It's the Information, Stupid!

Esther Dyson

Where's the recovery going to come from?

To economists, it will come from macroeconomic factors: interest rates, investment cycles and the like. People will tire of being depressed, prices will become so competitive that it will be hard to resist buying and so on. ...

But for the IT sector, as for any other, there need to be specific reasons to spend money. Most chief information officers get a flat budget simply to keep their systems running. If they want any increases, they need projects to justify them.

And those kinds of increases will fuel the recovery.

How will they be spent?

We already had the long cycle of PC adoption. Call it self-empowerment. Then there was the Web: entertainment, media, the Internet as advertising medium. You can point to and eBay all you want, but this model was not very successful overall.

No, it's time to get back to basics. Technology needs to provide better information about the real world, and better ways of sharing that information across systems.

Over the last few decades, information systems people have developed a huge infrastructure of systems full of data about customers, finances, inventories, whatever. But most of these systems aren't well connected to the real world.


In this new age of security consciousness and interconnected systems, our information infrastructure needs to have a better understanding of the environment to keep track of it.

For example, the U.S. government's Sept. 18 draft report "National Strategy to Secure Cyberspace" was created to guide public action, but was woefully short on specifics. It did, however, point in the right direction, toward better information collection and sharing. Any canny CIO hunting for a budget increase now has a pretty good rationale.

Companies and governments need to know a lot. Who's using their systems? Where are those spare parts that were ordered? When are they expected to arrive? What if they don't arrive on time, if, say, they're stuck on the dock in California?

Today's systems need to deal with the real world in all its messiness, complexity, richness and sheer unpredictability. That messiness is not just from complex software; it's from complex reality.

If your system needs to talk to another system, you need a common language. For example, simple words such as "driver" or "renter" or "passenger" become important. How else can systems pass (with the user's approval) the identity of a frequent flier from an airline's Web site to a car rental Web site so the car can be ready when he changes his flight? For years, we've been reading about software interoperability; now we need data interoperability.


So what will CIOs be buying?

Not new systems such as those for accounting or inventory management. They'll be buying tools to help them to get more value out of their existing systems and to help interpret data that already exists but is currently beyond reach.

This may sound like a narrow focus. But the range of needs is broad enough to keep IT buyers and sellers occupied.

For instance, companies will buy catalogs and directories to define their inventories across vendors. If I'm short of part XG-3/8092 from MultiWidgets, what's the equivalent part from MacroWidgets? And if I can find a third option, from MonsterWidgets, maybe I can get MacroWidgets to lower its price.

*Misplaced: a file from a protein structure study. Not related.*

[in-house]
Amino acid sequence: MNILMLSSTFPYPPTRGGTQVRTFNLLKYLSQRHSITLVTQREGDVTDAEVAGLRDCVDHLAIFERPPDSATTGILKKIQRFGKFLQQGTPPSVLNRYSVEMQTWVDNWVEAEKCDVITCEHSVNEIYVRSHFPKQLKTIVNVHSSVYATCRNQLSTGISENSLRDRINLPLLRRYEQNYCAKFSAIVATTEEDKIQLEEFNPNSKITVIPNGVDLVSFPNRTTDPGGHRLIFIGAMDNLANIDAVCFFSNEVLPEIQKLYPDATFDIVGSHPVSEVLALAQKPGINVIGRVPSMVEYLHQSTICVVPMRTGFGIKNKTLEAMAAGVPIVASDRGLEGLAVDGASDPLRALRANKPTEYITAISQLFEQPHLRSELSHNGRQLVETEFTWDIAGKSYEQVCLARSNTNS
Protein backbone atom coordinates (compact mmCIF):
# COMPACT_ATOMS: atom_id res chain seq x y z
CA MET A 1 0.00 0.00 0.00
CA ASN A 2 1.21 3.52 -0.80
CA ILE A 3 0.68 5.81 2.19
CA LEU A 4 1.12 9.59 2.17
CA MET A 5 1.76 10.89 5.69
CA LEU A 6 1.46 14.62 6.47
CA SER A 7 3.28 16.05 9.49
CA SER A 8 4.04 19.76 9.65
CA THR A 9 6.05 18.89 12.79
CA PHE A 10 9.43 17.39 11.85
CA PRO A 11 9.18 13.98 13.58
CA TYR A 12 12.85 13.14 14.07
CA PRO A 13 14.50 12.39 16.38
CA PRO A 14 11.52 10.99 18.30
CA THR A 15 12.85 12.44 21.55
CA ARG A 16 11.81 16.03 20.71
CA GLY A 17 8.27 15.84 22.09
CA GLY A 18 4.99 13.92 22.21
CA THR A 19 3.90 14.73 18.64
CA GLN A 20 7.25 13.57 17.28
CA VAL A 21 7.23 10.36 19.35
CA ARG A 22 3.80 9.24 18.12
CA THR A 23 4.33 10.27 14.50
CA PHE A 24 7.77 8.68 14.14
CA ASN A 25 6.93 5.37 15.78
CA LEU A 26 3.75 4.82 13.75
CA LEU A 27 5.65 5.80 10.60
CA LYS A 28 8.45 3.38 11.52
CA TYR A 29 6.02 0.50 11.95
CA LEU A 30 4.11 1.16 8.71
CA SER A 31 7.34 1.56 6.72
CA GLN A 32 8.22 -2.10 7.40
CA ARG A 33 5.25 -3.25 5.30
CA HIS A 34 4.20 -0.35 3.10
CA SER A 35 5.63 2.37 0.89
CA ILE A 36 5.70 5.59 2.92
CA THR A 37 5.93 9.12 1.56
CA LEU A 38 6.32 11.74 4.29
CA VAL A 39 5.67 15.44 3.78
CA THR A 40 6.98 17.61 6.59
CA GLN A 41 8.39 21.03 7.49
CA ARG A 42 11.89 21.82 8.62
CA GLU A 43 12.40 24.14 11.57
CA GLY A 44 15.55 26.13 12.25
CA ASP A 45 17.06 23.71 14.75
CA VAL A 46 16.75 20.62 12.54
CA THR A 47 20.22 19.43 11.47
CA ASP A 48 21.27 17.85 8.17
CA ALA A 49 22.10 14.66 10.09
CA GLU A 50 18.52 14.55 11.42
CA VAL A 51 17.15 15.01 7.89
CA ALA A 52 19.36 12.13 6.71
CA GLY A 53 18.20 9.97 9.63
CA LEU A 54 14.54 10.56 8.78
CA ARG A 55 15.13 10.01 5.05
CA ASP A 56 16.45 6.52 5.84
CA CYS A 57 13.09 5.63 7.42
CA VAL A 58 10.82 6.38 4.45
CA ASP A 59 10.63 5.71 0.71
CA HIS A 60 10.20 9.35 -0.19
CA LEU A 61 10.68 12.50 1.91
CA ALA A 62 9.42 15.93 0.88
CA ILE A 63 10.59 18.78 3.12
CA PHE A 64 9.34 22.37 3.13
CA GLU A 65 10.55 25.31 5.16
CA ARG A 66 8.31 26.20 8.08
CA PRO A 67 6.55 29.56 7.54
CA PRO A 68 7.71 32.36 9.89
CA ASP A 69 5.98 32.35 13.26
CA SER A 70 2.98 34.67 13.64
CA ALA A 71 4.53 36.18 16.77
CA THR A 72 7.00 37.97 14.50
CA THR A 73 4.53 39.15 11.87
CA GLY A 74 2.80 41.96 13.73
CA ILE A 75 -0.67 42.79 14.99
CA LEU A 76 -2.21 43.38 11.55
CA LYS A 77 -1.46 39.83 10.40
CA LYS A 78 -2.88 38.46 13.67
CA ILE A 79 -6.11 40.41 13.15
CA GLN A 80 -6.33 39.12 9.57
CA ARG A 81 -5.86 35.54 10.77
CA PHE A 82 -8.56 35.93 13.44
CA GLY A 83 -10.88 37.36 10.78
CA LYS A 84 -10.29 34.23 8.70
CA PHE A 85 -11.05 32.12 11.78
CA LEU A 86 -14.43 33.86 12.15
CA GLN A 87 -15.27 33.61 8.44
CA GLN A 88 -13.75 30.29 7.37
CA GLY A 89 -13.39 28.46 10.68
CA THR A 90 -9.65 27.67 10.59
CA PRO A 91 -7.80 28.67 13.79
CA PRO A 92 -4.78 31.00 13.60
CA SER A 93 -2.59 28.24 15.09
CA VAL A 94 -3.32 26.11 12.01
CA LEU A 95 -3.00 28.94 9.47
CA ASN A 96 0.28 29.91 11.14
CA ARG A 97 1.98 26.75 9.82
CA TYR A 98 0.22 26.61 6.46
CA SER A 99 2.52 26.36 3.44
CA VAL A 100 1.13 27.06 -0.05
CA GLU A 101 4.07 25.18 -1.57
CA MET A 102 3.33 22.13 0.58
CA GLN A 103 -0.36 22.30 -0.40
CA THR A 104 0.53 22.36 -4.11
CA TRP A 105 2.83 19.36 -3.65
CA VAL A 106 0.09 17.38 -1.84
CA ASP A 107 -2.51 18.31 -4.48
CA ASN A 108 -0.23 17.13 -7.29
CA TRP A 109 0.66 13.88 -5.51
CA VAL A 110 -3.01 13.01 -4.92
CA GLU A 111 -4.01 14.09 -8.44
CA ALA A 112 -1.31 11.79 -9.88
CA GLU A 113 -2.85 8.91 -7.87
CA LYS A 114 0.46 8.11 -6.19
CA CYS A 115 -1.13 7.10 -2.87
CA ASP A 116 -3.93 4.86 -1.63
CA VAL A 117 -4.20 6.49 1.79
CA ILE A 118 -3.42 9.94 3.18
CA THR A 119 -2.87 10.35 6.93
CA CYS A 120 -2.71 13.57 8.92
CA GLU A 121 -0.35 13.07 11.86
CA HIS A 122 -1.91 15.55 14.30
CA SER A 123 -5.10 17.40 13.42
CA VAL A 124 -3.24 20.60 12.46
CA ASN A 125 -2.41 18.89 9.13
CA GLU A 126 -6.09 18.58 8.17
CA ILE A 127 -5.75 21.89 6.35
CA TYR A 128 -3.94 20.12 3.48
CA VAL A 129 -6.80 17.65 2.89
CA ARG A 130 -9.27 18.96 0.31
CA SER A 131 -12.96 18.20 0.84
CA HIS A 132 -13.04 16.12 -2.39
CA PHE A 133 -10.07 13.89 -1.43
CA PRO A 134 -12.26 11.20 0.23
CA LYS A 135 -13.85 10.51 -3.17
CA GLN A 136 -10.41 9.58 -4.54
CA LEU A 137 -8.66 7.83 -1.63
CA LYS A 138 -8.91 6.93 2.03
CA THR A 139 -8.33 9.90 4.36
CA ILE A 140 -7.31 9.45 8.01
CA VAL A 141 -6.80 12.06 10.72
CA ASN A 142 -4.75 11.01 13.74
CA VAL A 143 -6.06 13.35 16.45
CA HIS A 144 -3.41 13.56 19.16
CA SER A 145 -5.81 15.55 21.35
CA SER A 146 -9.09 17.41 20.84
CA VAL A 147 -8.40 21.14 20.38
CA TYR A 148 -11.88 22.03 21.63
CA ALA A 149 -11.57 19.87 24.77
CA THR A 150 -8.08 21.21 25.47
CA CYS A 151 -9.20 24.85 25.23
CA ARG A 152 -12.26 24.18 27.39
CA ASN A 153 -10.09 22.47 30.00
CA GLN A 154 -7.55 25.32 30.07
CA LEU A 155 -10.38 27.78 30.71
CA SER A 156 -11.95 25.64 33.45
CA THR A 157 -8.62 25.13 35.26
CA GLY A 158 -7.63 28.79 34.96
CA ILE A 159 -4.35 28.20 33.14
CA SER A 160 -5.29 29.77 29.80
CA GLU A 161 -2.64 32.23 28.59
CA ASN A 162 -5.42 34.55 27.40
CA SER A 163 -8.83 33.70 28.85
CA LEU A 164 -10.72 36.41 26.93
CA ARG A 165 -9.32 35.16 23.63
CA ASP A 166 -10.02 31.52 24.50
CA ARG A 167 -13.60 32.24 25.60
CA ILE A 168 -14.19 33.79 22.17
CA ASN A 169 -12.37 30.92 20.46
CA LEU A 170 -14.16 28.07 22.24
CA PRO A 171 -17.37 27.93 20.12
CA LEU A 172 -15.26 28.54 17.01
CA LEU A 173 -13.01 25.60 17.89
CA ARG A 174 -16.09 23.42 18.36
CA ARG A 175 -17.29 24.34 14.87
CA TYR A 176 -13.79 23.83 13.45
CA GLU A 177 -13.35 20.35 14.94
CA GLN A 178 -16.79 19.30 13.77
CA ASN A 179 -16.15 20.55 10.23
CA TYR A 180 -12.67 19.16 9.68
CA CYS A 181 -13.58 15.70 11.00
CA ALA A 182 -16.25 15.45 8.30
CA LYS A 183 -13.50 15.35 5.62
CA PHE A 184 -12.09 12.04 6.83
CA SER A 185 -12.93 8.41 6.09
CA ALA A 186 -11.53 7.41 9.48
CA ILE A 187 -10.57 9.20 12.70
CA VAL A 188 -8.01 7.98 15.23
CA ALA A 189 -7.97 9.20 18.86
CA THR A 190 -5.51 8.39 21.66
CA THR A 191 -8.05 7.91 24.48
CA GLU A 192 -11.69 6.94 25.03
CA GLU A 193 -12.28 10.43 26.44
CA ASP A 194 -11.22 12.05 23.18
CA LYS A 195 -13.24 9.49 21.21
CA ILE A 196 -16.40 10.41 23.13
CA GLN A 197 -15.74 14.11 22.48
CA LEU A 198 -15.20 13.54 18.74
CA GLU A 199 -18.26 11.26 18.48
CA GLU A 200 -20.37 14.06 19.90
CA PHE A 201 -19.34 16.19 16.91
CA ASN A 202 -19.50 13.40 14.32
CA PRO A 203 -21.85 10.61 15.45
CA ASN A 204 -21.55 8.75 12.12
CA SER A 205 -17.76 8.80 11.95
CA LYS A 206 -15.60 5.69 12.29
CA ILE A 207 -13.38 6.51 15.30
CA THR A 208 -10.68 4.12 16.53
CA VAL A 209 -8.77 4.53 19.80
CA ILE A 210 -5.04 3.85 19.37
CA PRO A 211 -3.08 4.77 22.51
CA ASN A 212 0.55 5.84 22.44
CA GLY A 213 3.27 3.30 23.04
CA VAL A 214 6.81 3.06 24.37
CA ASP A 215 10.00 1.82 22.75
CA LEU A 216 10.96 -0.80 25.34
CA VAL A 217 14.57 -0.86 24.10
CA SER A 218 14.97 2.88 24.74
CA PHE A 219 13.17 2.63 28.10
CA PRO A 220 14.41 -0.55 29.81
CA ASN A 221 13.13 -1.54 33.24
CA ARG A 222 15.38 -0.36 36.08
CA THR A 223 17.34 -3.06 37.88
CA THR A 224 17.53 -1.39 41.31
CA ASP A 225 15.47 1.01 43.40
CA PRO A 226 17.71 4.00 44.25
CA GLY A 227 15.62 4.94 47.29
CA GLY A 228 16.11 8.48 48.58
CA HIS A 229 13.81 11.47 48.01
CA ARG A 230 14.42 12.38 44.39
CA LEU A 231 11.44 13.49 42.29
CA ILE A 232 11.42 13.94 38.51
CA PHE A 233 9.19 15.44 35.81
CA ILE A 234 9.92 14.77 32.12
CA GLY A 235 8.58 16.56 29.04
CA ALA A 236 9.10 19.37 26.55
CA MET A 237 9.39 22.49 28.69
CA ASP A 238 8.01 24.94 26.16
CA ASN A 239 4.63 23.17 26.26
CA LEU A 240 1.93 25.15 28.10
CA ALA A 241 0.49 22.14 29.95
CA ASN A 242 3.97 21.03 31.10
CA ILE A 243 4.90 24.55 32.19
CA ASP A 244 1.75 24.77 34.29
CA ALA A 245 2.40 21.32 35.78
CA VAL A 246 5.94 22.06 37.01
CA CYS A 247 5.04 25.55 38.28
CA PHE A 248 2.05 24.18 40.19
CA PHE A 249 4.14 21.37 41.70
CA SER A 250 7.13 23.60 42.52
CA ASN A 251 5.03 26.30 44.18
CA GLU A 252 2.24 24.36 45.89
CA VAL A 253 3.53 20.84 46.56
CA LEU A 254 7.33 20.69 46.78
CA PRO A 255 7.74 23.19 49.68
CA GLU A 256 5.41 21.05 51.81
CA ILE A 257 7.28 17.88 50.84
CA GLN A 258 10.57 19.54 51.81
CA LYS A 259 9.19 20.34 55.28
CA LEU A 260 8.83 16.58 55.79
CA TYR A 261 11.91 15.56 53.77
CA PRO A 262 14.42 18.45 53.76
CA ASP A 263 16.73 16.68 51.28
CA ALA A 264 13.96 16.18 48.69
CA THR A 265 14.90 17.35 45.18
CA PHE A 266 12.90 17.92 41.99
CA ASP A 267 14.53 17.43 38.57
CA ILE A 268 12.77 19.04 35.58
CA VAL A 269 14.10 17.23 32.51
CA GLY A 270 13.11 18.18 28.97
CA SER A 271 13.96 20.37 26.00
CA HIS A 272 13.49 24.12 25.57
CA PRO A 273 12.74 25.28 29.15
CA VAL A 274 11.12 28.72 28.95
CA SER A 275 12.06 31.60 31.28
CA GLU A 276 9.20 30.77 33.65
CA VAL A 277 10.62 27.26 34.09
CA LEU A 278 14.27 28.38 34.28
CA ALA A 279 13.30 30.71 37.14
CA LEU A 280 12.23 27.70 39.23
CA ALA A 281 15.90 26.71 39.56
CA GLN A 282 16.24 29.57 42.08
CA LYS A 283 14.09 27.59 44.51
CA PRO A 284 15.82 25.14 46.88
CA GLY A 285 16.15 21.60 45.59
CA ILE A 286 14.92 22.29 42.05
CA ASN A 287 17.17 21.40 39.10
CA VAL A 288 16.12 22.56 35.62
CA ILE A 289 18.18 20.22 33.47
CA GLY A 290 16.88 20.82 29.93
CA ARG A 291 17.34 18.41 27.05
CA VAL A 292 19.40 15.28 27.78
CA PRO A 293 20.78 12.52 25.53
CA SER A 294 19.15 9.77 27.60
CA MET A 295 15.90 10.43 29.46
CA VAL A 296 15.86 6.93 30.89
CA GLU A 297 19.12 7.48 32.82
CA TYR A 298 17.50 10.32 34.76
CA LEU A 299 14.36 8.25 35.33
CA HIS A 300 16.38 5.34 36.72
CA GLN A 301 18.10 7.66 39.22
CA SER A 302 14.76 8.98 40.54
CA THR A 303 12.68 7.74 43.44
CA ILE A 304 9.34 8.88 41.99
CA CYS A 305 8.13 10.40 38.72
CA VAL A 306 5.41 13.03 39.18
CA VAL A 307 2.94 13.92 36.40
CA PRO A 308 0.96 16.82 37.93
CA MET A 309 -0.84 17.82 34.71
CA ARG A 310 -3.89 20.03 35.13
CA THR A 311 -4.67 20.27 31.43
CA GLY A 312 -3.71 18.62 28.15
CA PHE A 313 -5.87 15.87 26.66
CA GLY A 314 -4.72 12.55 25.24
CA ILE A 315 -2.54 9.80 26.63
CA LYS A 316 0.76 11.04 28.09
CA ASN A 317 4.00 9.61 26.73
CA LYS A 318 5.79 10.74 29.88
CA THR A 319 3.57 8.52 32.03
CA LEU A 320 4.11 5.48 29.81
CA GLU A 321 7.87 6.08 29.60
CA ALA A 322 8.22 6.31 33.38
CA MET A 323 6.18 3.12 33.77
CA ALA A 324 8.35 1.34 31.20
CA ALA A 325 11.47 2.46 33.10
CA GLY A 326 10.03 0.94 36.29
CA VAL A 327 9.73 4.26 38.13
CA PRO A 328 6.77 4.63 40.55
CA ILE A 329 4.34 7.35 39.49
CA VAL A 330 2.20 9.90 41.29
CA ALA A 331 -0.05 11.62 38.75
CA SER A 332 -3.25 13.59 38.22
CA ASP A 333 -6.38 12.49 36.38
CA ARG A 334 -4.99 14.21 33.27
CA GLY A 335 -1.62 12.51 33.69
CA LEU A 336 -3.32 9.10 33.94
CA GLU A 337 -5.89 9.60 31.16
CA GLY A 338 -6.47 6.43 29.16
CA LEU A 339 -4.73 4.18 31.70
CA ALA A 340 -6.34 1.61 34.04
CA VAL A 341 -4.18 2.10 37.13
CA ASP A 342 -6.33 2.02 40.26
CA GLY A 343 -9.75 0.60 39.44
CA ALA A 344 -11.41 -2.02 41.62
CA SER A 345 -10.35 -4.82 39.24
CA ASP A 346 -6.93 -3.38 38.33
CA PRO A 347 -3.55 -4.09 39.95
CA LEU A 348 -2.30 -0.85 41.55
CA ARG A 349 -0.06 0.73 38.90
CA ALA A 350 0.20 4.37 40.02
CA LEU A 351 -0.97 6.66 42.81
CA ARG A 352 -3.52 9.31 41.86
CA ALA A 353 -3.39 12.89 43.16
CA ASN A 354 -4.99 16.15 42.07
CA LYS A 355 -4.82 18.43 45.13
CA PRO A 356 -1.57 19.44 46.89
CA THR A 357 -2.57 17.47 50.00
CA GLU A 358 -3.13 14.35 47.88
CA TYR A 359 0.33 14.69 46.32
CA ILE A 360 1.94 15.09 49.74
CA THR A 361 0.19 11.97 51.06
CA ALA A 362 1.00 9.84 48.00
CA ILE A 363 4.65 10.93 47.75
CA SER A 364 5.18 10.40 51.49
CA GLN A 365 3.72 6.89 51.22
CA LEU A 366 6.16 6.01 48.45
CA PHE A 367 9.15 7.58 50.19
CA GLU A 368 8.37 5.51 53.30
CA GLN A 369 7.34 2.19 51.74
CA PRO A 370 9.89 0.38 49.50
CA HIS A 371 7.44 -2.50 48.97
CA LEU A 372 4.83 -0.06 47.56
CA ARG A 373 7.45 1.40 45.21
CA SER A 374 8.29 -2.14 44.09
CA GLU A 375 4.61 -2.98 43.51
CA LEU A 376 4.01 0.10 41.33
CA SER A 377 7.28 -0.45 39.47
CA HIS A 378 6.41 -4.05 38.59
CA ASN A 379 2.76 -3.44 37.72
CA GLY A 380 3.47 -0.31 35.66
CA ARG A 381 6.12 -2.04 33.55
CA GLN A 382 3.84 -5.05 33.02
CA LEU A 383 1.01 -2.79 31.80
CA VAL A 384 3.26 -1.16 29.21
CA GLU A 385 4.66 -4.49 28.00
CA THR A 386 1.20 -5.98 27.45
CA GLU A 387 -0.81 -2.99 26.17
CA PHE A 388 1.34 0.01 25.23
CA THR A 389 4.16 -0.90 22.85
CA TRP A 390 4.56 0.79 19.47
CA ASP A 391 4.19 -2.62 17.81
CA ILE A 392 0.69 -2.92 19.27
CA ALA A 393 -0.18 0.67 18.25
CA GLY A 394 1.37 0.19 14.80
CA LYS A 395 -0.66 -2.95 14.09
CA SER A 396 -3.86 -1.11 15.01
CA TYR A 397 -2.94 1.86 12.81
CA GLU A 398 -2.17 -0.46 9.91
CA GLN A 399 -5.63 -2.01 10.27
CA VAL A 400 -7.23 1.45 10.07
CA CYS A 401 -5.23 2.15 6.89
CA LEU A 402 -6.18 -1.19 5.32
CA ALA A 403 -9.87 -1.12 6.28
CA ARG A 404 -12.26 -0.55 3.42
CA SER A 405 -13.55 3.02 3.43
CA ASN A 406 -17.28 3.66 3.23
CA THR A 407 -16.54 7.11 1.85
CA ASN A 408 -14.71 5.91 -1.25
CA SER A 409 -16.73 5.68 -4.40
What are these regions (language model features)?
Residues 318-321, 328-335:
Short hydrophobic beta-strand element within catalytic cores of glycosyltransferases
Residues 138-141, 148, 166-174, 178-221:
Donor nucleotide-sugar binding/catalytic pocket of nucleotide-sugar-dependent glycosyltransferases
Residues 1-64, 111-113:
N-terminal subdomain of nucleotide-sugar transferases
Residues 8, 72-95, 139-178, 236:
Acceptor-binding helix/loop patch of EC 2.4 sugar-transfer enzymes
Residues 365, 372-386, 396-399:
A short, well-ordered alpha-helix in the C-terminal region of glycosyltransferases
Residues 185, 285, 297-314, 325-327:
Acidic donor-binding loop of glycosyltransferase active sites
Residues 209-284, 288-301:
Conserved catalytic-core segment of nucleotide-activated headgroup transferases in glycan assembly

I can tell where my parts are. But I really want to know (with appropriate permission) where my supplier's parts are. That's how I'll know if the finished product will get to me on time. Indeed, everyone from airlines worried about the reliability of parts to law enforcement worried about snipers is paying more attention to tracking goods and services around the world.

Here's another example. Hal Rosenbluth of Rosenbluth International, a global travel management company, says corporate clients want to be able to track their employees. If there's terrorist attack in Phoenix, say, they want to know which of their employees is in that city or heading there.

If there's a sudden need for a meeting, adds Jeff Katz of Orbitz (where I sit on the advisory board), clients want to know which location is cheapest, considering hotel rates and the sum of all airfares from each employee's location.

And all these systems need to be able to talk to one another not at the technical level, such as a software standard, but at a concrete level, such as a reference to a stock price.

There is a standard for systems to talk to each other called XML. But it's only the beginning, not the end. Juan's system can get stock quotes from Alice's system, but what does that "stock quote" mean? Is it the bid price or the asked? Is it current or delayed by 15 minutes?

This kind of cross-system data interoperability goes well beyond the to so-called "natural language" query tools of the past. They were supposed to let normal users find out almost anything simply by querying the system.

They failed to catch on broadly. It wasn't because the natural-language tools were inadequate (though they were). It was because the systems didn't have the information required. The data may have existed somewhere, but it was just not accessible.

Ten years ago, it was because the systems weren't connected. Now, they are probably connected - they're all on the Internet - but they can't communicate effectively.

Making all those systems more valuable - by making their data accessible across corporate boundaries - is the big IT task of the next few years. I predict it will lead the recovery. Many of the key players will be smaller companies acting as middlemen between existing large vendors and existing installed bases.

Larger vendors all want to sell multi-million-dollar projects. But smaller vendors are happy with sales of hundreds of thousands of dollars that simply realize the value in all the million-dollar systems already out there.


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